Interfacial coupling in two-phase porous media flow was investigated analytically and numerically. Modified forms of Darcy's equation, which incorporated interfacial coupling (viscous and capillary coupling) and hydrodynamic effects, were formulated. A numerical scheme was developed to solve the equations and was codified into a standalone numerical simulator using the JavaTM programming language. From the results of the analyses carried out, the parameter that controls the amount of viscous coupling was, theoretically and experimentally, found to have maximum values of 2 and 0.001, respectively, in order to account for the effect of viscous coupling.
A comparison of analytical and experimental results shows that the transport equations give a good description of flow. The viscous coupling and capillary coupling effects are very small and can be neglected in horizontal, cocurrent flow. In horizontal, countercurrent flow, the capillary coupling was found to have a more significant effect than viscous coupling, which can be neglected. The hydrodynamic effects are found to be insignificant in horizontal, cocurrent and countercurrent flow. For vertical flow, analytical results show that viscous coupling effects are insignificant. Due to the limitations and non-availability of a complete set of vertical flow experimental data, the applicability of the capillary coupling concept could not be verified fully using the modified set of transport equations. Hence, the modified set of transport equation is yet to be verified for vertical flow.
Results of numerical studies confirm that the viscous and capillary coupling effects and hydrodynamic effects are very small in horizontal, cocurrent flow. It can be concluded that if the experimentally determined countercurrent effective permeability values are used in simulating a cocurrent flow process, the countercurrent effective permeability values would have to be divided by the interfacial coupling parameter, in order to obtain accurate predicted profiles. On the other hand, the cocurrent effective permeability values would have to be multiplied by the interfacial coupling parameter if the experimentally determined cocurrent effective permeability values are used in the numerical simulation of a countercurrent flow.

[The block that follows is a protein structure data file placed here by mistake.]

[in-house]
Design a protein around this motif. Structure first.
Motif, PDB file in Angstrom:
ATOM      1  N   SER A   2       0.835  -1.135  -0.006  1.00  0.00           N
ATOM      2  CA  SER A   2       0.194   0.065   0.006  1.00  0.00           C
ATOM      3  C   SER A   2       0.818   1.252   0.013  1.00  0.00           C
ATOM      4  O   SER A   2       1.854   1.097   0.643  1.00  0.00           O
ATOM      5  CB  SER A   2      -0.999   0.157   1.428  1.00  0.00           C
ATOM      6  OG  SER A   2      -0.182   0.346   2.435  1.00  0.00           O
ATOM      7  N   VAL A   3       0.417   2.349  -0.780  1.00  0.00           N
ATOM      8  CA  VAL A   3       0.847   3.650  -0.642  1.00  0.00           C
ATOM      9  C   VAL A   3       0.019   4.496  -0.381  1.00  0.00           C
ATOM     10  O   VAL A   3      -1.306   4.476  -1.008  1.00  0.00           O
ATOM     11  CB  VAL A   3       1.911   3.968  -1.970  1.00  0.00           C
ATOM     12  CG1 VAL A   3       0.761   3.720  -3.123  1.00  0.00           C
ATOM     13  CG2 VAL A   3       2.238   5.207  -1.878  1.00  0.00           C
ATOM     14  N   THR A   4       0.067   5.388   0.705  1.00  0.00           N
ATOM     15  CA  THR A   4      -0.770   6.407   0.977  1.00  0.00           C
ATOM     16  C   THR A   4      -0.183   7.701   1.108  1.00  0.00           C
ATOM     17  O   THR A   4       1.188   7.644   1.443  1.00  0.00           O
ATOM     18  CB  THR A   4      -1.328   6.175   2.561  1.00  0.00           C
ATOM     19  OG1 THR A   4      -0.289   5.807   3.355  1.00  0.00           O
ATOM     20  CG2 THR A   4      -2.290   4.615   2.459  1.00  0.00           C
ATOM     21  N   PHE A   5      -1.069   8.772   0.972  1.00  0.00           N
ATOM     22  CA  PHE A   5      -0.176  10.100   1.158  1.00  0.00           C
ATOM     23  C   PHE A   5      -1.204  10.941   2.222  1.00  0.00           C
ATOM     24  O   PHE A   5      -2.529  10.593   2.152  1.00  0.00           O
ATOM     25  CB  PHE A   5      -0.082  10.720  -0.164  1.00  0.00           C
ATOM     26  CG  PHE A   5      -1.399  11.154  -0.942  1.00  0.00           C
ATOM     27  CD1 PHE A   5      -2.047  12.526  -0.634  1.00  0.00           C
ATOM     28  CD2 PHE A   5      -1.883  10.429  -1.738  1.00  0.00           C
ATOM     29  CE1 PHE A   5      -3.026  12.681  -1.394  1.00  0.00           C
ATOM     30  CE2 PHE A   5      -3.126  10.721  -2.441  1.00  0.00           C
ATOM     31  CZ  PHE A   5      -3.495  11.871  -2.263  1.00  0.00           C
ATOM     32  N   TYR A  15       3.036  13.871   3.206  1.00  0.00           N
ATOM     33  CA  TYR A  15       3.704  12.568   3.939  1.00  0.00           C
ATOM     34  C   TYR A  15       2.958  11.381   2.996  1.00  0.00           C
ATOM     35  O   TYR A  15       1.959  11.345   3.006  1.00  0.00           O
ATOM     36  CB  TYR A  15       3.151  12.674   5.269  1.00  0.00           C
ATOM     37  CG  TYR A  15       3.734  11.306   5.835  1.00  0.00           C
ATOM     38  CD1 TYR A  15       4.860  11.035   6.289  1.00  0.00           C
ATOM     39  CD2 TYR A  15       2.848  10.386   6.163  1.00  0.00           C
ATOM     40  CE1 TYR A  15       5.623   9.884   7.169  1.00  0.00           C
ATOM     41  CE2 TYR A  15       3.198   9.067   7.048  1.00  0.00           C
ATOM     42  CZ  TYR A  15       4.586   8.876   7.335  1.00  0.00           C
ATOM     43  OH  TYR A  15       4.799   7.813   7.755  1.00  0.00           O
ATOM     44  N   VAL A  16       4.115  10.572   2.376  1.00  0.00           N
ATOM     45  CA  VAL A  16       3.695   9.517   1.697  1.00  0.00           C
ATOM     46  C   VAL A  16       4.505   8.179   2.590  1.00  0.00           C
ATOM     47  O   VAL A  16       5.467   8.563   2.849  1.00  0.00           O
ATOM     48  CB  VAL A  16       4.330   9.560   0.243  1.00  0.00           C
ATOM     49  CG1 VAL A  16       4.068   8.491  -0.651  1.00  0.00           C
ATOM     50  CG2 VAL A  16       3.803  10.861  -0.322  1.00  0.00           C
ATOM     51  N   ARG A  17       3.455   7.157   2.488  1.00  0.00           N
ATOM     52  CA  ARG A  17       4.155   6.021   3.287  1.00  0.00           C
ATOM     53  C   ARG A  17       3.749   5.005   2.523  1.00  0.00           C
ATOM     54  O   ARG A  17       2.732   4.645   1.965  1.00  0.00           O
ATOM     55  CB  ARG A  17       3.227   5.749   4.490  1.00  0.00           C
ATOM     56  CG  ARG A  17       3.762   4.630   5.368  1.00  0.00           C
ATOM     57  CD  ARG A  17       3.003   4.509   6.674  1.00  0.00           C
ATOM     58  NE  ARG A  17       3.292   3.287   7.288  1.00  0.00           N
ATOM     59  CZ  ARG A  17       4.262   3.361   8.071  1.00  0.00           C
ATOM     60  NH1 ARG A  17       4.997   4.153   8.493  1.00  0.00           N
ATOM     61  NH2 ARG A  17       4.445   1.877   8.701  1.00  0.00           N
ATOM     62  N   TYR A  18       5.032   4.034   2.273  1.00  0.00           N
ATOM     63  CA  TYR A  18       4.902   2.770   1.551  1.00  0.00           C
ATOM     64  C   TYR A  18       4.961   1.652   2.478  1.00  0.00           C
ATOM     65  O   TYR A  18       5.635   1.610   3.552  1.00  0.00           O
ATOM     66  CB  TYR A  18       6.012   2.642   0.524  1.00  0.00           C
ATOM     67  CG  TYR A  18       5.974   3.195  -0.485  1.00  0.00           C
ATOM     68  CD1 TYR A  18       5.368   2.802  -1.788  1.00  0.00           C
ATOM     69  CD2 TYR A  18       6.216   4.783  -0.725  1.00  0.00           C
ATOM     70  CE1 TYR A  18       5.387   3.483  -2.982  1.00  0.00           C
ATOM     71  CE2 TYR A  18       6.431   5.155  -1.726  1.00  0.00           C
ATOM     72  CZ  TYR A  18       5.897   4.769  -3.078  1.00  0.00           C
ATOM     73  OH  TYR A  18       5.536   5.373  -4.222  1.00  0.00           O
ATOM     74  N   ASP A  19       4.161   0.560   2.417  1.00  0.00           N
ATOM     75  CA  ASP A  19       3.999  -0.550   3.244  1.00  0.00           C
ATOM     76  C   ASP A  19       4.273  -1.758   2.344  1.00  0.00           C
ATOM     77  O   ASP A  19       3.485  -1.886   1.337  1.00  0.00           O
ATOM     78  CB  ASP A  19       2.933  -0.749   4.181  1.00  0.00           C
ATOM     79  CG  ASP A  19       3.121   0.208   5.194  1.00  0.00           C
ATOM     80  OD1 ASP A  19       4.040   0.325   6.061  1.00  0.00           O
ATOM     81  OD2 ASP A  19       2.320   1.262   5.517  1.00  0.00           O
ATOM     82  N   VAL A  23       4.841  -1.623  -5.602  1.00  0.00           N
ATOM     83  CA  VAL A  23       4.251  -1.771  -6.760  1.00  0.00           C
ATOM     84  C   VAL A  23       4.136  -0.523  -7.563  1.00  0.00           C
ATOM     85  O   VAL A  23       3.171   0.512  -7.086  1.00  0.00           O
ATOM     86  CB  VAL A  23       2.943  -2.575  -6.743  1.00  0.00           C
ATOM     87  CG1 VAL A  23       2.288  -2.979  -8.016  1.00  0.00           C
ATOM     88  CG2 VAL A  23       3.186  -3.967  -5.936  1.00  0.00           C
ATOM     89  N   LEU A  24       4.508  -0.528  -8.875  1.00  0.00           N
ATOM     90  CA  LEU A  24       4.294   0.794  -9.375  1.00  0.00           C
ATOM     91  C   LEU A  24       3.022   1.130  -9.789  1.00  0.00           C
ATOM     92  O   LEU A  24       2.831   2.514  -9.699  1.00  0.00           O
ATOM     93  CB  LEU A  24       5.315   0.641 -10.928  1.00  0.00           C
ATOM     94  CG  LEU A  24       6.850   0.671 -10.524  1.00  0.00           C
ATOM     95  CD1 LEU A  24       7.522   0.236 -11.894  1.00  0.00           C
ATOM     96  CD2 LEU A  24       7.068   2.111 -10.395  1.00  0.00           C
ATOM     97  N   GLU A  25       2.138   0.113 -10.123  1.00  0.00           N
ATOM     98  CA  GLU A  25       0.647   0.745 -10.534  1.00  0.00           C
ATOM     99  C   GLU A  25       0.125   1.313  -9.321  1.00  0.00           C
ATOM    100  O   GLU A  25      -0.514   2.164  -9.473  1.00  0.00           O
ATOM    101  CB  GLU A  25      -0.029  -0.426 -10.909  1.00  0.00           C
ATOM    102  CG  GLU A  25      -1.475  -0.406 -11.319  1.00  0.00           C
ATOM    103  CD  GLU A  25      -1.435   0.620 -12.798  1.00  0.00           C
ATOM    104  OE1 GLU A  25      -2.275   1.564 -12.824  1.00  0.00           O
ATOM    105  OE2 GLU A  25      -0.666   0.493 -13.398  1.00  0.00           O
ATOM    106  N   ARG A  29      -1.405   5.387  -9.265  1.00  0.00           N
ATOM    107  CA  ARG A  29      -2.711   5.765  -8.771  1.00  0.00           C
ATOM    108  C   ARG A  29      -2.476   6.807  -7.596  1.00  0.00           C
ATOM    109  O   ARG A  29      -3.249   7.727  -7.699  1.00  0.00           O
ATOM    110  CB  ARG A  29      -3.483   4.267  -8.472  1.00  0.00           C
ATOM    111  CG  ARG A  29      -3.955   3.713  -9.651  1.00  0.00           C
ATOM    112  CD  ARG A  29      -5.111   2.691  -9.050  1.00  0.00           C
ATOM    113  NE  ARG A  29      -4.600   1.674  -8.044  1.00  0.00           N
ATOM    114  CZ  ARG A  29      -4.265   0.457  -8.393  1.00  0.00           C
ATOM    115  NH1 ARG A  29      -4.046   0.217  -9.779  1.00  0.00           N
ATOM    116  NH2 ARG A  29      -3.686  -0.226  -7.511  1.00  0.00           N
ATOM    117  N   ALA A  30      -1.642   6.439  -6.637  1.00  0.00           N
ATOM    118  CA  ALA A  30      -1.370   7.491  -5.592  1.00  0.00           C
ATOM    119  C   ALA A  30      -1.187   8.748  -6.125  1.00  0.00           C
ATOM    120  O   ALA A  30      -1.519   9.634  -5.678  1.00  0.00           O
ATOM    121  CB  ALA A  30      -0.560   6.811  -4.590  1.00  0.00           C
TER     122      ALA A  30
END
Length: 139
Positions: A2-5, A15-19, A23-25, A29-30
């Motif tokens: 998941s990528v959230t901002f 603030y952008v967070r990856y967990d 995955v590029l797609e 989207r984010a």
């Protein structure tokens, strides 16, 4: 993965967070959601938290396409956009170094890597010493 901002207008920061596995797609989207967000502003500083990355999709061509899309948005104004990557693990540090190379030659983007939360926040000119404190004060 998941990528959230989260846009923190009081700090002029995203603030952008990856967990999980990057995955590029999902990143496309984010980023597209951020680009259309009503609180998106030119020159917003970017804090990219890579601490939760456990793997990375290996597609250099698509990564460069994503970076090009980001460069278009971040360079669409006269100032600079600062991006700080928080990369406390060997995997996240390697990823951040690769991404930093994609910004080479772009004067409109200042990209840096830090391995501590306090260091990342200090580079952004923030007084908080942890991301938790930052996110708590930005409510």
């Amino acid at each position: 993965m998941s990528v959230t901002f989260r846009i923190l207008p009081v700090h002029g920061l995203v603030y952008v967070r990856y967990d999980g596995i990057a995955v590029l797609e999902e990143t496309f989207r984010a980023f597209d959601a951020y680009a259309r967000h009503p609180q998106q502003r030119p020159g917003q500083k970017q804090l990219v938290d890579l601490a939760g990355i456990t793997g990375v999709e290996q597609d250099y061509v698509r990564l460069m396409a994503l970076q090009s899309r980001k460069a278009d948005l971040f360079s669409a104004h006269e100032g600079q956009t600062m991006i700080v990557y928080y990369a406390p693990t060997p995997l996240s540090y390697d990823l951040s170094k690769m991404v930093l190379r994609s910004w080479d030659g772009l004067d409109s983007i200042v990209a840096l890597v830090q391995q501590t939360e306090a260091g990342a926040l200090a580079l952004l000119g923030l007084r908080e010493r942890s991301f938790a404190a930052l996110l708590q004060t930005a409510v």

The conventional form of Darcy's equation, as modified by Muskat and Meres(1) and Muskat et al. (2) for multiphase flow has been shown to neglect the effect of interfacial coupling in porous media multiphase flow (See reference 3 to 9 and some other papers cited in these references). Ayub and Bentsen (7) provided a detailed literature review with regards to this. Despite this, the Muskat extension of Darcy's equation has been used for years to develop commercial simulators used in predicting and history matching multiphase hydrocarbon recovery. Many researchers have pointed out in multiphase flow, the presence of one fluid affects the flow of the other fluids leading to interfacial coupling effects, which may have a considerable effect on the flow of the fluids. This problem was probably first identified by Yuster. (10) when he pointed out the importance of the transfer of viscous forces across the fluidfluid interfaces. This phenomenon is also called the Yuster effect.